Composing with Jazz Loops in Cubase | Will Edwards | Skillshare

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Taught by industry leaders & working professionals
Topics include illustration, design, photography, and more

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Taught by industry leaders & working professionals
Topics include illustration, design, photography, and more

Lessons in This Class

12 Lessons (46m)
    • 1. Introduction

      1:19
    • 2. A Jazz Foundation

      3:41
    • 3. Rapid Arrangement

      3:36
    • 4. Creating Your Harmony

      3:40
    • 5. Customizing the Drums

      4:47
    • 6. Reinforced Bass

      4:01
    • 7. Conforming MIDI

      3:57
    • 8. Finalizing Arrangement

      5:15
    • 9. Adding Automation

      2:39
    • 10. Mixing

      6:31
    • 11. Pre-Mastering and Export

      5:17
    • 12. Wrap-Up and Project

      1:08
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About This Class

Are you curious about composing jazz-oriented tracks in your studio?  If you're a Cubase user and you're interested in learning about combining authentic jazz harmony with loops to produce jazz-oriented music then this course will give you a 360 degree view of doing that in Cubase.  Rapidly :)

In this course, you'll learn:

  1. Authentic jazz harmony (chord progression)
  2. Tips for finding jazz loops built into Cubase
  3. Developing a jazz drum beat
  4. Creating your own sample-based instrument in Cubase
  5. Tips for arranger tracks and automation
  6. Mixing and pre-mastering your track

This course offers any Cubase enthusiast an opportunity to expand your skills and practice composing and mixing audio.  For jazz enthusiasts, this course offers a quick reference for using modern software music compositional tools to create a jazz-oriented track quickly and authentically.  Thanks for checking out my course and I wish you great success with your upcoming project :). As always, I'm available to answer questions - just ask!

Meet Your Teacher

Teacher Profile Image

Will Edwards

Artist. Creative Problem Solver. Musician

Teacher

I am a full-time professional musician who has broad teaching experience with guitar & bass students in rock, blues, jazz and many other genres. I perform live on bass, guitar and keyboards.  In addition, I perform live electronic music improvisation.  I've devoted over 26 years to my own well-rounded musical education, focusing on a mastery of all aspects of modern music - from music theory to ear training; from live performance to composition and practice routines.

I specialize in bridging the gap between music and technology, focusing on using modern tools to demonstrate all aspects of music.  I compose and perform with Ableton and Push 2 and I have experience with Cubase, ProTools and Logic.  I'm extremely comfortable using web-based to... See full profile

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Transcripts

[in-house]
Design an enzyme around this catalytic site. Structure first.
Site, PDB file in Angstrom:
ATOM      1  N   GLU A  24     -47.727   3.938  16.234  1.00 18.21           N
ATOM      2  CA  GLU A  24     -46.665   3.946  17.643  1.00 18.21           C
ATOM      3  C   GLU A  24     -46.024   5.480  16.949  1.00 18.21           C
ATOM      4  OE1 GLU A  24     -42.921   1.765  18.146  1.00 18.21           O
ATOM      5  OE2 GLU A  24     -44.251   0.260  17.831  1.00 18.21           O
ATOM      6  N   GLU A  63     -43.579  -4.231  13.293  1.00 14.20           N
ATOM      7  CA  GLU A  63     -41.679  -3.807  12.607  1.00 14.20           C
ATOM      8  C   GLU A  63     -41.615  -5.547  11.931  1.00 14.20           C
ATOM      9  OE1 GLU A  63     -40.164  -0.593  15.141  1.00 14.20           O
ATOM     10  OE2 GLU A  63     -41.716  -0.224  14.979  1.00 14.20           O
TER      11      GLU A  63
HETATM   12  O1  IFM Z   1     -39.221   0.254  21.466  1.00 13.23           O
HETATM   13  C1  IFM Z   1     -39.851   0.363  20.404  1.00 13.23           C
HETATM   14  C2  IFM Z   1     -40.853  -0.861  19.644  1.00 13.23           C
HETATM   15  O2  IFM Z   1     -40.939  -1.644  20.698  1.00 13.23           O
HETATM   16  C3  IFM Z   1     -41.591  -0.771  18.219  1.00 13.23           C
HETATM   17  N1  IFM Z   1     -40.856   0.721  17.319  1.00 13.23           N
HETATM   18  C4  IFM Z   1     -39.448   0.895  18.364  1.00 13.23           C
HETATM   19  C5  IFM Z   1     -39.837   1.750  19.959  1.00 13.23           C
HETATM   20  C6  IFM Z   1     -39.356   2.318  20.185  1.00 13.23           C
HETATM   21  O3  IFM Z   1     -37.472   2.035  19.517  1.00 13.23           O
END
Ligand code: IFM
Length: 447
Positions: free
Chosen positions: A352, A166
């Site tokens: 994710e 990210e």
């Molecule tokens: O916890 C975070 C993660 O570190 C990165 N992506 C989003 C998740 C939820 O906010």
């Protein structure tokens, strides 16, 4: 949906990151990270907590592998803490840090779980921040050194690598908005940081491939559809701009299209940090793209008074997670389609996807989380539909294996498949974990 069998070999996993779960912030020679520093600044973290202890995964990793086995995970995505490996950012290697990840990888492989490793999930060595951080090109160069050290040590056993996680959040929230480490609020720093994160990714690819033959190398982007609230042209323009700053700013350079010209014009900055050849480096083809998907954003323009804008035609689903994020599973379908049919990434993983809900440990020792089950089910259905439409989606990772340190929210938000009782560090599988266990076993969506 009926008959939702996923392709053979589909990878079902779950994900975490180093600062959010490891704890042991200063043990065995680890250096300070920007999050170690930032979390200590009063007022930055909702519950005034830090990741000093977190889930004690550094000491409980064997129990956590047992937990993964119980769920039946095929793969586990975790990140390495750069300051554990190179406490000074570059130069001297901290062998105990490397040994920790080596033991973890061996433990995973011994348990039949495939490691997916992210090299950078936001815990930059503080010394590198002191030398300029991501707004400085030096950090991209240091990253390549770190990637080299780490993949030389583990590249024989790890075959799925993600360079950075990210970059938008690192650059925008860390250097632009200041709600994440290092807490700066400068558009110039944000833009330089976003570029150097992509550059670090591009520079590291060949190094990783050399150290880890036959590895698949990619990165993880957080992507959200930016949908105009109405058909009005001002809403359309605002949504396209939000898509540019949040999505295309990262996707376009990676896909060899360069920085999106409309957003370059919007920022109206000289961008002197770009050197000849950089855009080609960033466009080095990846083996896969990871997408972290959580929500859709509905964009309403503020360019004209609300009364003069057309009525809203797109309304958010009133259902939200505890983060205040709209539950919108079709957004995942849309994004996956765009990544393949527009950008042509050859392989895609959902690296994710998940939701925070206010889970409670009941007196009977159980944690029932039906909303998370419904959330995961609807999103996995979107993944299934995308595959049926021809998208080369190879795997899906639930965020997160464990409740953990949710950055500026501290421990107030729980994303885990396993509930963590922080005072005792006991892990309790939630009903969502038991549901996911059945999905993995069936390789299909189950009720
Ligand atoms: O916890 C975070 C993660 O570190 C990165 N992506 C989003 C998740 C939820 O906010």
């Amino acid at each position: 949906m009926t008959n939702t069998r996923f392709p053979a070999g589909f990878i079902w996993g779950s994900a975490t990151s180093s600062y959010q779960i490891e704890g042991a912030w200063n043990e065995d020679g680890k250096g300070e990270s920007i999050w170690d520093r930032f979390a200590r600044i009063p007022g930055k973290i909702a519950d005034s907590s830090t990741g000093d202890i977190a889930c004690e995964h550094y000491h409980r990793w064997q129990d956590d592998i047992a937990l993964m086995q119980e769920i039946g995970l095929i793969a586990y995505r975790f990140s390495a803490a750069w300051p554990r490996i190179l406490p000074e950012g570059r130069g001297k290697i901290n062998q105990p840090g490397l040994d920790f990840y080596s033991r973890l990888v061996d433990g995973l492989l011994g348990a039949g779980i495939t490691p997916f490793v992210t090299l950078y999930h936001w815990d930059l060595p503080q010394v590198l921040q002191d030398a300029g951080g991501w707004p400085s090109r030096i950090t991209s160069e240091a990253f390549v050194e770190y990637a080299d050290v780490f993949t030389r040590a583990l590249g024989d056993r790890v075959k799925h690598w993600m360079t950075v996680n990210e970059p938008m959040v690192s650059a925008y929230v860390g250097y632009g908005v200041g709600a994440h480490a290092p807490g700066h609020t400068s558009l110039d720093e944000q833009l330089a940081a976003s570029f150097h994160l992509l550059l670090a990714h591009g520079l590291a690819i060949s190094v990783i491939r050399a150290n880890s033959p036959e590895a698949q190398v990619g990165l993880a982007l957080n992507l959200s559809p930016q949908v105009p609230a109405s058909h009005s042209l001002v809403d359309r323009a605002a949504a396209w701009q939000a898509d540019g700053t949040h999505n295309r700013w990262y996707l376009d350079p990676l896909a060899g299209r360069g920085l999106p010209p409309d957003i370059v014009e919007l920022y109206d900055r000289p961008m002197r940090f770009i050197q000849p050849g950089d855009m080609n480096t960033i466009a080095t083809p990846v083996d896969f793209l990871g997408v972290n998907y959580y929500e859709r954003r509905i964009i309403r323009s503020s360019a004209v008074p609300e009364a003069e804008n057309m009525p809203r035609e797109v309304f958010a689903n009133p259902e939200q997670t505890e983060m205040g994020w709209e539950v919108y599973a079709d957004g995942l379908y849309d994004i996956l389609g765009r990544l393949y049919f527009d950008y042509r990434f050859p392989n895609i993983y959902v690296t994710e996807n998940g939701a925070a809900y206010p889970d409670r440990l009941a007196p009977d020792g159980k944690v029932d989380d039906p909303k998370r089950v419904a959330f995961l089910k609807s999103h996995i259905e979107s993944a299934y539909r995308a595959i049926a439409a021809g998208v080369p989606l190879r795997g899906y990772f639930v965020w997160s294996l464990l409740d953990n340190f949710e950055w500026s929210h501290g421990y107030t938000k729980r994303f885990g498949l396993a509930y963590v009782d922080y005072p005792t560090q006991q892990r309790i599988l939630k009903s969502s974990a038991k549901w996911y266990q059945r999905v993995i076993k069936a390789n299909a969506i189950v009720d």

1. Introduction: Hi, my name is Will. Thanks so much for joining me here we are looking at how we can use Cubase to rapidly produce a jazz oriented track. Now we're going to be using samples and Midea loops that come from libraries built into Cubase. And we're going to be putting together something that is basically jazz influence. So we're going to be looking at jazz harmony, how to use the chord track and ultimately conform some of our midi loops to our key and to our CTE track so that we can make sure that more specific quarter arrangements that are unique to the style of jazz being applied and used across multiple midi clips. I have been producing music in the studio for the last 10 or 15 years. I've been an avid home user of Cubase and Q basis on my iPad. And in this course I'm bringing together not just the essentials of how to use different elements within Cubase to create a jazz track. But some of the fundamentals for doing a basic mix, doing a basic premaster, and what kinds of chords and harmonies might work well in a jazz production. So I'm looking forward to getting into all of that in the upcoming lessons. Thanks so much for joining me and let's get started. 2. A Jazz Foundation: So in this section we are trying to build a jazz track pretty rapidly. And there's a few things we're gonna do. So we're going to find some samples. We're going to create an arrangement. We're going to set up a harmony using a card track, customize some drums, create a sampled base, finalize our arrangement, do a quick mixing and mastering job, and all of that should be done in the next handful of lessons. So let's start out by figuring out some good samples that we can use. Now one of my favorite libraries to use for this kind of thing is over here it is the SQL library here. And that's because SQL is basically a software package that Steinberg makes that is kind of designed as with a bunch of construction kits. So they happened to have a kit that's pretty good for a jazz. So what I'm gonna do is I'm going to load that up. And I'm going to switch my all media types to just Midea loops, not midi files, just midi loops. Let's see what we get here. So this little icon that looks like a arrow going around in a circle, but there's the little five pin midi in the middle there. So all of this is kind of, you can see these are a set of construction kits. And I'm looking specifically for this jazz construction kit here. So there's a bunch of sections. So what I'm gonna do is I'm going to grab the chorus, a drums. I'm going to ignore actually the jazz guitar because I'm not so crazy about that at the piano. And I'm going to drag all of these on here to the very beginning as different tracks. All right, so I've got a bass, drums, and piano, and we can hear what that sounds like. And we can see over here as well that this is in the key of D. So we're gonna do is we're going to go up to our project here, and we're going to set our project is the key of D. Now if you don't have that there, you want to go up into the setup toolbar icon up here in the upper right-hand corner. And you wanna make sure that project root key is checked off. So we set our key, that'll, that'll be an important thing to do in general so that we have more flexibility down the road. Now we're also going to bring in our course, be here, the base, the drums and PNO. Once again, just going to drag those on here, two different tracks. So we got a chorus B. And then let's see, we've got verse a here and a grab that and this is really nice, just construction kits, everything is just ready to go. Let's come down and get verse, be like so. And then we're done with that construction kit. Alright, so at this point, we have three instrument tracks. We have a base, a drum, and piano, and we are in the key of D, So everything's working out really well. Sounds really nice. So in the next lesson, what we're going to do is we are going to fabricate an arrangement from this pretty quickly. 3. Rapid Arrangement: Welcome back. Let's go up to the project menu and we want to choose divide, tract list from the project menu. Okay, What this is going to do is give us this little divider here that we can adjust. And that's because I'm going to add an arranger track in here and later on I'll also add in our chord track. But for right now we're just doing this. If you don't know how to use a range of tracks or the media Bay which we used in the last lesson. Make sure you review the lessons that I teach on those topics. But this is just a section focused on rapidly creating jazz track. So first thing we wanna do is I'm just going to adjust this like that. So if I click on these sections up here in the info line, it tells me the length of what I've selected. All of these sections are eight bars long. If you don't have the info line up here in the upper right-hand corner. There is setup window layout and you want to make sure that info line is checked. Okay, then you have that. And I can select this, see that it's eight bars. I want to create essentially in my arrangement track with my pencil tool, which I just hit eight. I'm going to create an eight bar arranger event for each one. And I can click on these and make sure, yep, that's eight bars. I can see in my info line, eight bars, eight bars, eight bars. Now I'm going to create a one-bar intro. So let me go to the very beginning here. And because the arrangement tract allows me to sort of abstract my sections, they don't actually have to be linear from left to right. I'm actually going to create my intro. And altro right here, like this, just one bar each. Well actually I might make the altro. Maybe I'll make them both two parts. Now, I've got a little intro and outro section. And then I've got these four main sections over here. But right now my arrangements sections are called EFA, that sort of thing. I can see a list of them over here. That's not very intuitive, so I want to rename those. I'm going to select one. And then again, this is where the info bar comes in handy up here in the upper left-hand corner. I can rename those. So I'm going to call that intro, going to call this altro. Going to go ahead and call this chorus a. Call this chorus, be going to go ahead and call this reverse a, and then call this first B. So this way it's just much easier for me to know exactly what sections I'm dealing with. So right now I've got my arrangement sections all figured out. I'm basically going to go from the intro inverse a in the course, a into verse B, into chorus B, and into altro. And it doesn't really matter that those things are all out of order here. That's the wondrous thing about the arrangement chain in the arrangement track. So now we are going to head into the next lesson where we're going to create a harmony. We're going to use a chord track and create a chord progression. 4. Creating Your Harmony: All right, So let's start creating our harmony. I'm going to go into the upper division of the divided checklists. And I'm going to add something called a chord track. And this is going to enable us to create a chord progression and feed that through our instruments. So this is going to come in really handy. You just have to add the chord track. And then what you can do is basically with the pencil tool, you can come in here and you can create chords like so. Now these x's are place holders, but if you click on one of them, you can create chords like this. Now if you don't know how the chord track works, then you have missed the lessons that I teach on the cord tracking. You want to definitely review those. But suffice it to say that we can use the chord track to create complex harmonies, which I've done in advance. This is not a harmony course, so I didn't really want to get into that. But I have created this sort of jazz harmony, which you could, you'd probably recognize this sort of framework if you were familiar with jazz. Jazz was something that you are comfortable with. I'm going to just go ahead and move all of these around like that. Now this is a stock chord progression. It is a 6251 in E major, followed by a modified 65 one. And then we switched from E major to its relative minor. And we've got a 25 one in C-sharp minor followed by another 25 one that kind of desert turn around the E major again. Now these chords are all basically an image or a C sharp minor. And we want them to be in D major or B minor, right? So what we're gonna do is we're going to select everything here. And we're going to go up to the root key here and the info line where it says C-sharp, it says type is minor seven. I'm going to change that to be. All right down here. And you'll notice that all the coordinate frames now have been changed. So now basically these have been kind of turned into the right key so that we're staying in sync with our root key for the song. And the info line is really handy for that. Now if we listened to our different sections over here, I'm gonna change the jump mode to beat, just awaken, move through them quickly. All right, so everything is looking good for our harmony track. We don't really have anything for our intro and outro. But what I can do is I can just go ahead and grab my first chord. I'm going to Option or Alt and just copy that over here. And I'm going to do the same thing. So I'm starting on my relative minor. I'm going to end on my major. And so we have a complete chord track where there's some kind of harmonic structure for each of these parts. Now, in the next section, we are going to add some drums using groove agent to just fill in this intro and outro section. 5. Customizing the Drums: All right, so in this lesson we are going to just create a sort of drum part that is going to lead in and out of our main tune, right? So our intro and outro right now, they don't have anything in them and we want there to be some kinda drums. So I'm going to start with going over here to My Media and my VST instruments and grabbing groove agent, I'm going to drag that in to a new track. I'm going to look for this particular drum machine called IN, got the time. And we can see that loading up over here. So loading up and there you go, you have it. And now this is a nice kit. The thing about these acoustic agent kits, which are any of the ones that have this acoustic agent graphic. And that when you are in the instrument view and you have main, you're looking at a drum kit like this rather than something about Midea loops, these acoustic agents are made to include patterns that are sort of manipulatable. So if I go to the pattern page, if I go ahead and play a pad, I can come over here to the style. This is the style editor, and I can choose an intro and outro here, and it's kind of got a bunch of settings. So let's just listen to what an intro is for this pad main two. Alright, so that's one option to begin. All right, That's another option. All right. I kinda like pattern too, so I'm gonna go ahead and grab this button in the upper right corner of my style editor, says drag midi pattern to host sequencer. And I'm going to just drag that onto my groove agent tract like so. And now when I zoom in over here, I guess I've got my cursor over here. Right? We can see that this is following my intro. Now since it's only two bars long, as I can see up here in my info bar. And just make my intro two bars long and be done with it. All right, now I need an altro. So I'm going to change my style editor to altro or ending rather. And I'm going to listen to all of these. So let's listen to this. That's going to be a bit much, I kinda like that. I'm looking for something pretty mellow. So I'm going to leave it on ending for, and I'm going to drag this onto my track. But under the altro, right? And I'm going to see like that. Okay, so let me get rid of groove, agent. And I can have a four bar altro, that would be fine. That's how long this loop is right here, I can see up in the info bar that it's four bars in length. So that'll be kind of a nice altro. If I grab my arranger track, I can give that a sample. That might be a little too long. So let me actually cut this in half, bring these together. And like so let's listen to that again. All right, I'm going to like that. Alright, so I, I like that a lot. I'm going to zoom out at this point. I've got something playing on the beginning and during all four sections, right? So I'm gonna save my project. And at this point, we've got our samples, we've got the arrangement setup, we've got harmony, and we've got some customized drums. The next thing I wanna do is actually augment my base a little bit with a sample that's going to be coming up in the next lesson. 6. Reinforced Bass: Now we're going to create a sampled base using a sampler track. So I'm going to right-click and I am going to select sampler track here, which has its unique icon. Alright? Once I've created the sampler track, it actually is going to ask me for the name, I'm going to call it sampled base. All right, and then I've got my sample-based track there. And I've got this sampler interface which I can disconnect if I want to. Alright, seminal, leave that there and I am going to go looking for a base sample in my media Bay. So I'm going to reset all my filters. If I look over here and my BST sounds there, these two loop mash folders and they're loaded with useful bases, as is the SQL content. But I'm looking for something specifically that's going to sound live like a real acoustic bass. So I'm going to select the attribute content set, which is going to enable me to kinda just look for stuff related to loop mash. And I'm just going to say contains mash, nothing else contains mash. And now I am looking at loop mash loops. But I want to be looking at specifically base. And I also only want audio files. So let's see what we get. I can see up in the upper area here that I'm getting 74 results. So that's promising. Let's go ahead and see what some of these sound like. Aright. So I get this kind of option here. And I'm going to just drag this into my sampler track. I'm going to quickly gather up just a quick, of course, sample, right? I'm going to set my cursor right there and then I'm going to zoom in. I'm going to turn on my snap to 0 crossings up here. That's going to make sure that my sampler doesn't have any cliques in it. You don't want to move that right up there. And that'll be fine like that. And I'll put a little fade on it, like so. All right, now if I close up this sampler track, so now I'm going to take my bass track and I'm just going to option drag it down. And I wanna make sure I think I got a little misaligned there. And go ahead and listen to that. I just want to hear these two bases together. So I'm going to go ahead and play chorus a. Alright, so this is just my sampled base. And if we open up the sampler window on the bottom, we can see it playing the new sampler track. If I added to the ac bass track that I had before, getting a sort of a little bit of a richer sound. And I might bring down the sampled bass fader here. I just wanted to add a little more attack to the original. Alright, so at this point, I've got a nice rich base. In the next lesson, we want to revisit this piano and the base and make sure that everything is correctly following our CTE track. 7. Conforming MIDI: Earlier on in the lessons, we had muted this piano section here, this piano part so that we could hear the court jack just play through. And right now when we listened to that, we're just basically hearing the chords play once, right? Every time the chords change. So we're going to hear an A7, and then we're going to hear a D major 7. And if we unmute this part, they are going to conflict. Because this original piano part was recorded in the wrong key or a different key, right? So one of our questions, often when we are trying to do rapid music production is how do we get this middy to sync up to this chord track? And there's a very simple way to do that. So I'm gonna go ahead and just open this so we can see what's going on in the Midea, right? Going to bring that down a little bit. All right, so we can see this is worth just taking noted of. We've got a B flat here, we've got a D, and we've got an a. Those are the notes that are being played right now. So that is not the chord that we want. What we wanna do is get the piano to start listening to our cortex. So we're gonna come over here to the inspector. And there is a chords option here. If you don't see it, make sure you click on Setup here and make sure chords is checked. So we want to use this follow chord track setting over here and we wanna make sure that it's set to chords. And I want to zoom out. So you can see that as we do this, how the Midea is going to change. So we get this option. Follow chord track, followed directly or synchronized the track data with chord track first. Now since they were in a different key originally, we want these piano chords to be synchronized, so we're going to choose synchronized. And under here I can say analyze chords or apply a known cord. We're going to leave, analyze chords on for now and watch once this occurs, how the Midea it down here in the midi editor changes. Okay, so there were midi notes that were actually shifted. Now when we listen to this, it's all in qi. Now, our base is not exactly in key. So what we wanna do there is exactly the same thing. We're going to go up to chords and we're gonna save file chords. And we're going to say Synchronize and analyze chords. And lo and behold that to listen. And it's really that easy because we have the cord tracks set up in a really nice thing about the quadratic is we could change any of these chords later on and making any changes to our arrangement and the instrumentation is just as easy. Now in the next lesson, we are going to finalize our arrangement and flatten this out to a new project. 8. Finalizing Arrangement: All right, In this lesson we are going to flatten out our arrangement. So I'm gonna come up here in my Arrangement View, or sorry, my arrangement track. And I'm going to click this open arrangement editor. And I'm going to rename my project to jazz stems. All right, now I'm going to double-click intro, so I get 1 intro. Then I'm gonna go to verse a, course a versus B, chorus B, and then altro, that's my arrangement. I could create different arrangements if I have one and try them out. But I'm gonna go ahead and listen to this. So let's start at the top. Now we can see that when we get to the end of verse a, and we won't go all the way through this. But when we get to the end of verse a is gonna go to the chorus. All right, so we've got our arrangement all setup, and we are now ready to platens. So we're going to use this little icon here. We can flatten with options. And one of our options is a new project. And I'm gonna go ahead and just say use chain name. That means it's going to create a project called Jazz stems. I'm going to keep the arranger track. I'm going to make a real events as opposed to share it events. That's going to kind of make this an even more static project. In other words, if I change an event or the midi inside of an event, It's not going to be a shared copy so that it's no problem here because these jazz stems now are pretty much a final. All right, so I get to choose some options. I'm gonna go ahead and hit flatten and it's going to create an entirely new project. Do you want to activate the project? Yes. All right, and now we are going to have a whole fresh project called Jazz stems. And when we look out here, we can see that the chord track has been copied out correctly. We have one of each section. We've got our drums for intro and outro. Let's listen to it by the way, how that ultrasounds. All right, So that's fair enough. Let's see how the intro sounds. And we'll just listen to it through. Now we're coming up with a chorus a, and we get a different drum part, and right now we're headed into a versus B. This is where we switch to the minor key and turn around back to the major key. And here we are. The chorus B. Alright, so I think I want to add at least something in the base there just to handle the D major chord. So I'm gonna come over here. And I can just go ahead and switch to my scissors tool. I'm going to do a split there and back out. I'm going to grab this 12 and I'm going to Option copy these over here. And I'm going to go in here. I don't think I want all those notes, but let's give it a listen. All right. Now I don't want those. So I just want somebody to take this one here and I am going to get rid of all of those nodes and drag this all the way out, like so. So I have something that's more like this. Let me go ahead and move these. Since we are resolving on a D major chord, going to have it resolved on in D. Let's see. All right, So that's a better conclusion. And I am also going to use some automation on this now, but that's coming up in the next lesson. 9. Adding Automation: So we have created more or less an original thing here we've used Midi loops from media bay, but we have transposed them to our own original chord progression. And we have come up with this sampled base to kind of give it a sound that's probably totally unique. But we want to take it a step further. Of course, I want to have this last note on the base actually fade out. So I'm gonna go ahead and add automation for that. By adding like that and it'll fade out. All right, I'll just bring that up a little bit more like that. Alright, I'm gonna go ahead and select my Range Selection Tool. Copy that automation onto my sampled base as well like that, so that both the bases are doing the same thing. All right, Perfect. That's one thing of automation I wanted to do. But the other thing I wanted to do, make, make the base is play off each other a little bit more. But I can actually sort of create some slight panning here. If I go up here to my line tool, I can actually choose some different shapes, one of which is the sine wave. And then that way I can come down here. And I'm actually going to kinda create a very light sine wave through like that, right? And I'm just going to leave my sampled based. That way There's always a slight volume change between the AC base and the sampled base. Just subtle enough to give it a little bit of flavor. Having added that little bit of automation, I feel comfortable that this is now going to sound a bit more original. And it's got a little bit of a natural flow to it as far as moving from section to section. Alright, I am going to bring down the volume of the drums. I'm going to add on a few effects, but that's coming up in the next lesson, which is mixing. 10. Mixing: All right, welcome back. Now we are in the mixing phase, so we are really kinda closing this shop up here. So what are we going to do? We are going to close up our automation lanes. We've basically got four tracks here. We've got bass and drums and piano, but we've actually had to drum tracks to basis. So I'm going to create, create two groups tracks which kinda function like buses. It's going to be stereo. I'm going to create two of them. Alright? And I'm going to call them, Well, I guess the name here, I could just call it base. And it's going to create two of them, but I'm going to call this one drums and bass. Alright, I'll choose my AC based channel. And I can click on the button here, Edit Channel Settings. And then I can come over here to my outputs and I can decide I want to send that to the base group. Okay, so now when I play it, I don't hear that channel unless my groove track is enabled. I'm gonna do the same thing for my sampled base. I'm going to go ahead, open the channel settings, send this to base. Do the same thing for my drums. One to basically group these things together so that I can process them more efficiently together. I keep going up there, but I mean, stay in that area, go to drums. Now I've got my drums going to my drums group and my bass going to my base group system to that. If I mute the bass and drums, wear plaid processing. Now, the group tracks that kinda matter, right? So what I'm gonna do is actually create another folder track here, add track. I'm going to create something called a Folder track. Call it backup to put all these together so that there's somewhere where I know where they are, but I don't really have to work with them. So I'm gonna close that up like that. So now I'm really thinking about these three channels by piano, my base, and my drums. And this is gonna make mixing a little easier. So because all of these instruments have been sampled, the mixing process can be a little easier. I am going to do a couple of things right off the bat to improve this mix. First of all, I am going to add some compression to the drums. So I'm gonna go ahead choose dynamics, and I'm going to choose compressor. Alright? I'm going to solo the drums. I'm going to bring this down a little bit. I'm bringing my ratio actually up to, let's say about six to one. I'm going to bring the attack way down. No hold, auto release. And let's see, I'll leave that about like that. And I'm going to bring down my threshold until I start seeing this gain reduction come in here. Now there's a totally different vibe going on there. So let's actually just make sure we're not over compressing every part of this. I don't want it to be over compressed. Makes you bring that up a little bit. There we go. It's just adding a slight bit of definition to my drums. I also want to add a little bit of reverb. So I'm going to use reverence, which is convolution reverb. Go ahead and turn the mix down on this. I don't want a 100 percent, just want to add a little bit for ambiance like that. Just to wash it up a little bit. Sounds nice. Little less dry. All right. The next thing I wanna do is definitely compress my base a little bit. So I'm just meeting these channels so that as I play them, I can really keep track of what's going on with my ears. And then go ahead and load up a compressor. And I can see I've already got a fair amount of gain reduction. The change my ratio here to four. I'm going to make it more like seven milliseconds. Bring my hold all the way down. Auto release. I actually I'm a changed the release to about 15 milliseconds. Now I'm getting a lot of gain reduction. I'm getting nine dB of gain reduction is S2 much seminary. Reset this number. I want to get maybe for a go, just enough. Okay, so that is going to tighten up my base a little bit. Now, if I listen to my drums and bass together, they're both allow more articulate. And if I open up my mix console, what I wanna do here is just balanced them a little better for it. So I'm actually going to bring the base down a little bit. So when the piano comes in, I like the way that sounds a lot. All right, In the next lesson we're gonna do just a simple premaster and export this and we'll be all done. 11. Pre-Mastering and Export: Let's do a quick premaster here. So we are not really trying to totally maximize this mix. We're just trying to bring it up in level a little bit. We want the mat. We, we generally always want somebody who has professional mastering skills and professional mastering equipment to do our mastering if at all possible. Because good tools and good ears and lots of experience will always get a better result. However, premaster and can be a really, really promising way to just take more control over your final mix. See it through to the end. And there's not much more to a simple premaster. Then maybe doing some multi-band compression and some maximizing. So that's what we're gonna do. I'm gonna go up to my stereo channel here. And from here, I am going to open up the channel window. Go ahead and add in, first of all, a multiband compressor like this. All right, what this allows us to do is compress the bass and the mid-range and the upper mid-range and the highs separately. So we're going to listen to the whole mix. And I'm just going to bring down my threshold a little bit here. Get a little more compression on the base. I'm actually going to expand, well, not expand exactly, but totally release any compression on the high up. And I want to actually bring the volume down a little bit there. So a little area. All right, I'm going to compress this upper mid-range a little bit, but I'm also going to bring its volume down like that. So without That's a little brighter. A little more mellow and bass heavy, which is what I want. So next thing I'll do is I'll add a maximizer. I didn't really want to crush this whole piece. I just want to bring up the volume a little bit more leaves soft clip on. I prefer classic to modern, which is generally sort of more like distortion, saturation versus edgy and clean. We're going to start back here, and I'm going to bring up this optimized value until I start seeing gain reduction right here in the middle. There we go and start to see a little bit. Back it off. Maybe set it to around 60. And I can see here that I'm just getting a little bit of gain reduction. That's actually a little too much. I'm going to maybe bring this down to 50. Then let's see if I reset that number. Alright, so that's enough, That's enough maximization. I might want to add dither here so I could go down to my mastering and put in the UV 22 apogee dither. If I wanted to knock this down to 16 bits, that would be a good idea. And then there we go. I can go ahead and export this. And another alternative, of course, is to output stems. So I like to do this quite often. I'll go ahead and first I'm going to save the file. And then I am going to go to Export Audio mix down. And instead of selecting my group channels here, I'm going to actually choose my individual instrument tracks. Alright? And then I'm going to go ahead here. Filename is jazz stems. It's adding in these different naming values here and giving me serve as simple preview. I am sending this out. I'm going to choose 40 for one wave file. I'll do 24 bit, even though we selected 16 bit and it did there, I guess I better go is 16-bit. And I suppose I am going to need to set and select all of that. Go up here and look up loop and select loops, selection. There we go. And now I'm going to export that. There we go. I've got all of my different parts as individual stems, which I can offer as remixes. In the next lesson, I'm going to wrap things up and provide you with some guidance on a project that you can use to consolidate everything you've learned in this section. 12. Wrap-Up and Project: In this section, we assembled essentially a jazz track from scratch. And one of the things that I would suggest you do now is go back and read, manipulate these loops, maybe add your own loops from media bay. Maybe even add in your own drum loops and see how easy it is to use the features built into Cubase to rapidly build or modify an existing track. Perhaps create different arrangements, switch out the parts, and flatten those out into new projects. The process of building music from scratch. Building foundations for a track is something you'll be doing over and over and over again in Cubase in a variety of genres and all the tools are there. So it's time right now to start making your own track or make modifications to the project that you can download. With this section, if you have any questions, please reach out to me. I'm all ears. I'm happy to have discussions or respond to the questions. You can message me directly. And I wish you the best of luck. I hope to see you in some of my other courses.